For men, that lump in your throat — along with a missing rib — are distinct features that come to us courtesy of Adam, the first man of creation. The actual apple that tempted woman, man and mankind is instead thought to have been a pomegranate, an apricot, a fig or some other fruit more common to the Fertile Crescent than apples were in antiquity. However, the Bible is mute on the specifics of the matter, as disclosed in Genesis 3.
Anatomists attribute Adam’s apple not to a lodged piece of fruit — or guilt — choking us as yet another consequence of our original sin, but rather, to thick cartilage that protects the larynx, or voice box. Contrary to common belief, women have lovely lady versions of these lumps, too — would we call theirs Eve’s apples? Let’s not … The fairer variety typically don’t grow as large, protrude at a slightly different angle, and women generally have a higher body fat percentage than men, which affects how their apple appears. A man’s larger voice box gives him a deeper voice, but also a more prominent Adam’s apple. To round out your body of knowledge on the topic: the Adam’s apple is found in non-human species as well.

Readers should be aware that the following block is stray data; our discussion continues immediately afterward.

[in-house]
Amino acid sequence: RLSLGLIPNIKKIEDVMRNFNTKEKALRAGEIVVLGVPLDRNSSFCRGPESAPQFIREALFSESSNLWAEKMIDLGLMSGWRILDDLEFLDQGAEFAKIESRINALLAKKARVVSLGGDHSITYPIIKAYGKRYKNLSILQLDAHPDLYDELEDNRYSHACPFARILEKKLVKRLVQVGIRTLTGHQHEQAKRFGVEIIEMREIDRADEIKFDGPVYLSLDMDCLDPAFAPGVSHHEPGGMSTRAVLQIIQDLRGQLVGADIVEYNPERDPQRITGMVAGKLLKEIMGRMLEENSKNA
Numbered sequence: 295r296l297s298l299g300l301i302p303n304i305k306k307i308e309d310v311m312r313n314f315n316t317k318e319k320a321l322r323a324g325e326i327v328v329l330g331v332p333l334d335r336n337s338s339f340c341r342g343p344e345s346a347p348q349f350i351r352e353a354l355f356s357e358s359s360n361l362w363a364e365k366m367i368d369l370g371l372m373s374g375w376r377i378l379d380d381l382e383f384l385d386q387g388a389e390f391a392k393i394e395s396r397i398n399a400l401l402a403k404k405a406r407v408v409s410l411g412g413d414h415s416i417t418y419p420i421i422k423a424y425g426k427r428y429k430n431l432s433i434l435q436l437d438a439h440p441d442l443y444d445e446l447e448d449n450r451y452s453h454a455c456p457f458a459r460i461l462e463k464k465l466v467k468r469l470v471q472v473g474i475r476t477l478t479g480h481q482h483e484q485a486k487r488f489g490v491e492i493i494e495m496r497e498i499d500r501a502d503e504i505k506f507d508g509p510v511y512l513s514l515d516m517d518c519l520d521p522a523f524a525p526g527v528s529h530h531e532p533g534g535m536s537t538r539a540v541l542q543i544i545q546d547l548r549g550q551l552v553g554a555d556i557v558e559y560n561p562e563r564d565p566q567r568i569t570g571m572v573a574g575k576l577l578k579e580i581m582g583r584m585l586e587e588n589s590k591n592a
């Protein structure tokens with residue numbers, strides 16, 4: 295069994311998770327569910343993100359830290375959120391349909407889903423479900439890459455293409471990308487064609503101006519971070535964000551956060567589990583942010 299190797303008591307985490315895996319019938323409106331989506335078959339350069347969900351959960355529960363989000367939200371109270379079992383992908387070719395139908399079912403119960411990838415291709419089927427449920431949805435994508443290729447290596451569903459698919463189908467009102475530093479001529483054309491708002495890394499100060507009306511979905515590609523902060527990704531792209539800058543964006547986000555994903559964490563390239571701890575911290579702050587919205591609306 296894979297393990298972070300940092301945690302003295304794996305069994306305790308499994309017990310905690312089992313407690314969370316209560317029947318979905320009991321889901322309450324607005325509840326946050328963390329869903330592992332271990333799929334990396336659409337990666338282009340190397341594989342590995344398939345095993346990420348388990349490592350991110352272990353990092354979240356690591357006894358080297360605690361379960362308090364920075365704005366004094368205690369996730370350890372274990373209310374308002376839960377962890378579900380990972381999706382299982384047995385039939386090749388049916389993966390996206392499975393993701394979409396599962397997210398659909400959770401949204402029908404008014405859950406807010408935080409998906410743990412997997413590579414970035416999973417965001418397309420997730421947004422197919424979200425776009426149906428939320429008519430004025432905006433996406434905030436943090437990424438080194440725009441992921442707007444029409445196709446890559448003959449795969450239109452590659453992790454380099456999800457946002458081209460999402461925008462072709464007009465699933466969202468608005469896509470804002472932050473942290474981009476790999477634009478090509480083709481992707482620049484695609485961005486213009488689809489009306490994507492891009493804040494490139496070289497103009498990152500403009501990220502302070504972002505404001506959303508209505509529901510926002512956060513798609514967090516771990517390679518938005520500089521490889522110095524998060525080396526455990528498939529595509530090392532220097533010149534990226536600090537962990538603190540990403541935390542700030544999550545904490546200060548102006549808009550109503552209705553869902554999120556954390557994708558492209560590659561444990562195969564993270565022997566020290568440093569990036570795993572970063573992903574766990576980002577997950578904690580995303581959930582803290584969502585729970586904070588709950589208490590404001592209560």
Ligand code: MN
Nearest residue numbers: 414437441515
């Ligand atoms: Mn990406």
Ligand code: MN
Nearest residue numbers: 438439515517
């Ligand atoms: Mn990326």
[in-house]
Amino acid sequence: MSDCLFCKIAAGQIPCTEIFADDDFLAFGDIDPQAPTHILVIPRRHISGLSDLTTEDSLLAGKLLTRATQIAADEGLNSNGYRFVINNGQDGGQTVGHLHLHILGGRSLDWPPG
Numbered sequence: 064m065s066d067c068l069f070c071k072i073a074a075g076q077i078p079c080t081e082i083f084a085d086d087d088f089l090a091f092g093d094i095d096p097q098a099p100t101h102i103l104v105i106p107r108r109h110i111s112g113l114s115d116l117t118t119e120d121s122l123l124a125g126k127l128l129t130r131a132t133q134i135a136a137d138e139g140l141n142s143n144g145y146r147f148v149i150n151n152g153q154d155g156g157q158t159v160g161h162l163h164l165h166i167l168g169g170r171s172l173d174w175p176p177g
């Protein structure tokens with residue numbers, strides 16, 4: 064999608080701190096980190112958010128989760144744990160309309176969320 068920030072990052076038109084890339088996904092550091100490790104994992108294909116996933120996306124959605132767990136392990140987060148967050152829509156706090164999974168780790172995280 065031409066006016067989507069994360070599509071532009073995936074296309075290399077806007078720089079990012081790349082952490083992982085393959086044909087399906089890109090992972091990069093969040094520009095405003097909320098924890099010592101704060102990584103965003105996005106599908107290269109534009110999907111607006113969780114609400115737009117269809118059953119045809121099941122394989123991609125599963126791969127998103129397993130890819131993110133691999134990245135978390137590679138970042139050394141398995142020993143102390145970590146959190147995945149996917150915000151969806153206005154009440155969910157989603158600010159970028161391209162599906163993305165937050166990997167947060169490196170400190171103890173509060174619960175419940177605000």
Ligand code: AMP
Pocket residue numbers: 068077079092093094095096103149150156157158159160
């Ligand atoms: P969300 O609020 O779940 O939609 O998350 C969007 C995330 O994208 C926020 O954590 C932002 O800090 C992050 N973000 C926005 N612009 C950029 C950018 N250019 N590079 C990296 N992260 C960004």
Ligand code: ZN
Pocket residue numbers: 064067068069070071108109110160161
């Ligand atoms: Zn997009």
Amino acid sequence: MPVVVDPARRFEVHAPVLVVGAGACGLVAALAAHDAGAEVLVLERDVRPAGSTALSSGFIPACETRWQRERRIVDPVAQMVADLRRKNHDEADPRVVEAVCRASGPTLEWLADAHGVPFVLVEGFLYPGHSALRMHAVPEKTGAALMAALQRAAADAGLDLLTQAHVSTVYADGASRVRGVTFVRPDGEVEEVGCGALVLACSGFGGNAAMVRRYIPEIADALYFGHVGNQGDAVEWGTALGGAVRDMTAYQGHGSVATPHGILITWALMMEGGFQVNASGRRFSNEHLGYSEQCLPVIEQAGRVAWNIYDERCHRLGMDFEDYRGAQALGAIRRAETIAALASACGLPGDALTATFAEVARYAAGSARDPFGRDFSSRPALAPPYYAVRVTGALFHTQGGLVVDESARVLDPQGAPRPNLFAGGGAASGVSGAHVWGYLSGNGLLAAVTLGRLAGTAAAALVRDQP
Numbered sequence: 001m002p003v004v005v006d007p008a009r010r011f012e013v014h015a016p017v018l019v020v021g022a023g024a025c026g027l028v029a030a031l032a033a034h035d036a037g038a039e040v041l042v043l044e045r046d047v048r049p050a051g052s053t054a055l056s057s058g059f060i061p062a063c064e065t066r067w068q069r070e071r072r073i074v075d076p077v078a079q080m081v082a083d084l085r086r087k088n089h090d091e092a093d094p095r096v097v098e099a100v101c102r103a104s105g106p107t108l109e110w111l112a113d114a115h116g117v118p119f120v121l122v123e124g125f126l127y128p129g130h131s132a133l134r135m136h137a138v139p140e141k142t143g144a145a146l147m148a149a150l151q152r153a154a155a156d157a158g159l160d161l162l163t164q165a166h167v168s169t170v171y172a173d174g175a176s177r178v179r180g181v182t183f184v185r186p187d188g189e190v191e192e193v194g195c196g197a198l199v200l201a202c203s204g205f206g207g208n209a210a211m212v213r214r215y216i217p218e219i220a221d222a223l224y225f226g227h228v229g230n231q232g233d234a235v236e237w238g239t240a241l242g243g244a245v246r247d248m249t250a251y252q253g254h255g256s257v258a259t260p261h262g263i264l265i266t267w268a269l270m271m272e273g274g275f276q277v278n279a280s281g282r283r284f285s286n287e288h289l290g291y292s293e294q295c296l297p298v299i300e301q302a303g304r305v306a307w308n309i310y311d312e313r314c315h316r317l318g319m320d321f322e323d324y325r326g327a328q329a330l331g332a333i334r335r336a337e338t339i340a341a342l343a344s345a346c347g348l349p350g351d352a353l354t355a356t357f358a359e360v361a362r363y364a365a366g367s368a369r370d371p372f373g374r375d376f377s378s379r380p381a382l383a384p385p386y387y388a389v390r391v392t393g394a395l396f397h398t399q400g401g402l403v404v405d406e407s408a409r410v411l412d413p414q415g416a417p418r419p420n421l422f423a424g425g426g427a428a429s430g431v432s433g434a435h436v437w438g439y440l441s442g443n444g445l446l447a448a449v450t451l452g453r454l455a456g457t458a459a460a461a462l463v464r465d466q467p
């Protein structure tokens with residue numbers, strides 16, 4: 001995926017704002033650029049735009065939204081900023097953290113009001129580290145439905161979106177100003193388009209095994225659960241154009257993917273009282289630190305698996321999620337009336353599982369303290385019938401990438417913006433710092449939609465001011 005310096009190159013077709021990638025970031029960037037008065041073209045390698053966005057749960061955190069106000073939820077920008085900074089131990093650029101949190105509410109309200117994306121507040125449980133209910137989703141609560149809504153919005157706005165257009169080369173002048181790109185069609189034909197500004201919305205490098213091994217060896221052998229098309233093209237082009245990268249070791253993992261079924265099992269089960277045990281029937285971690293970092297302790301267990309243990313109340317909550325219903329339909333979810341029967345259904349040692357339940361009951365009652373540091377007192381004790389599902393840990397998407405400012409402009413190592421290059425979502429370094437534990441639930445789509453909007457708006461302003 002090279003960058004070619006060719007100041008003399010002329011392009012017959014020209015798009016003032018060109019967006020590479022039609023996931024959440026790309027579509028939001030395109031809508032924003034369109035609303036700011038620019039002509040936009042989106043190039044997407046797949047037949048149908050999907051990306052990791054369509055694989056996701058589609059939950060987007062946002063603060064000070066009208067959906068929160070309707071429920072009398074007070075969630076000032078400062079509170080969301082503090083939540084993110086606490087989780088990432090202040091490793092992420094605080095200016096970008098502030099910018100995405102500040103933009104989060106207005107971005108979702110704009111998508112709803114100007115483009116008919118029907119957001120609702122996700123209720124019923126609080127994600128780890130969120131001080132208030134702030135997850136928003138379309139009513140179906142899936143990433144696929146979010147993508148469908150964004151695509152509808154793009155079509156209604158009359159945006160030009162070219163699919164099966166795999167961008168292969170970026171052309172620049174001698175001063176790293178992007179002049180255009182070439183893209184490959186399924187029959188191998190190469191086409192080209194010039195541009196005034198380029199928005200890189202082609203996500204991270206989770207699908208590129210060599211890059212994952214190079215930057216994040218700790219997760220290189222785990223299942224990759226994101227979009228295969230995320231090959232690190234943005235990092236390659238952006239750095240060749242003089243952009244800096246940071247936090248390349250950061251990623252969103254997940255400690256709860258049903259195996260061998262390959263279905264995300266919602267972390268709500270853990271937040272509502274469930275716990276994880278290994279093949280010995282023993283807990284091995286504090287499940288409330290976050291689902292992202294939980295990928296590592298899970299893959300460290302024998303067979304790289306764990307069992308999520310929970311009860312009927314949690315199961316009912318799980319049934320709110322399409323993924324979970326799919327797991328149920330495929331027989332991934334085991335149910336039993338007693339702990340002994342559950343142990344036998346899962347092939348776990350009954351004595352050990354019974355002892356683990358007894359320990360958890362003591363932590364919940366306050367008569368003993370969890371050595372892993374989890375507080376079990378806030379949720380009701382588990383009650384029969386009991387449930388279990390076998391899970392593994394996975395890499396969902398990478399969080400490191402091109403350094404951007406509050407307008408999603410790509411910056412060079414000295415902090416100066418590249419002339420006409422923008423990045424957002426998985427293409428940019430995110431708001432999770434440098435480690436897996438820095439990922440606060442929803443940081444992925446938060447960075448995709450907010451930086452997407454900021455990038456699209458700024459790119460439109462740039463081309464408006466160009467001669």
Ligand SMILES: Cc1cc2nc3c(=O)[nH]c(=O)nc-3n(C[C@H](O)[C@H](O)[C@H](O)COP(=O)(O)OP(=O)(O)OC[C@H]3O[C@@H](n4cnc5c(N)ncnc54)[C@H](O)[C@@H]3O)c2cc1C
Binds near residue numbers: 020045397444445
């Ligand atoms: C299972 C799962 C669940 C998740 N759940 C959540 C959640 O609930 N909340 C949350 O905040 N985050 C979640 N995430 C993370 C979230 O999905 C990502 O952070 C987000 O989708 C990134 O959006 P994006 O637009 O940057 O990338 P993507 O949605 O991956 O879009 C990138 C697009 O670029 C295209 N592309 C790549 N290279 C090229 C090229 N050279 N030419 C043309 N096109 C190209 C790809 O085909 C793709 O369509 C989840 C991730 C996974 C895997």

“When the woman saw that the fruit of the tree was good for food and pleasing to the eye, and also desirable for gaining wisdom, she took some and ate it. She also gave some to her husband, who was with her, and he ate it.”
— Genesis 3:6, Scripture from The Holy Bible, New International Version
Many of our most popular idioms that endure to this day stem from the Good Book – or rather, the 66 great books that make up The Holy Bible. Somehow – miraculously – dozens of these colloquialisms from millennia ago have survived multiple translations and innumerable cultures through time to remain in common use today. Idioms From Heaven collects, dissects, and shares this pithy wisdom to edify and educate all.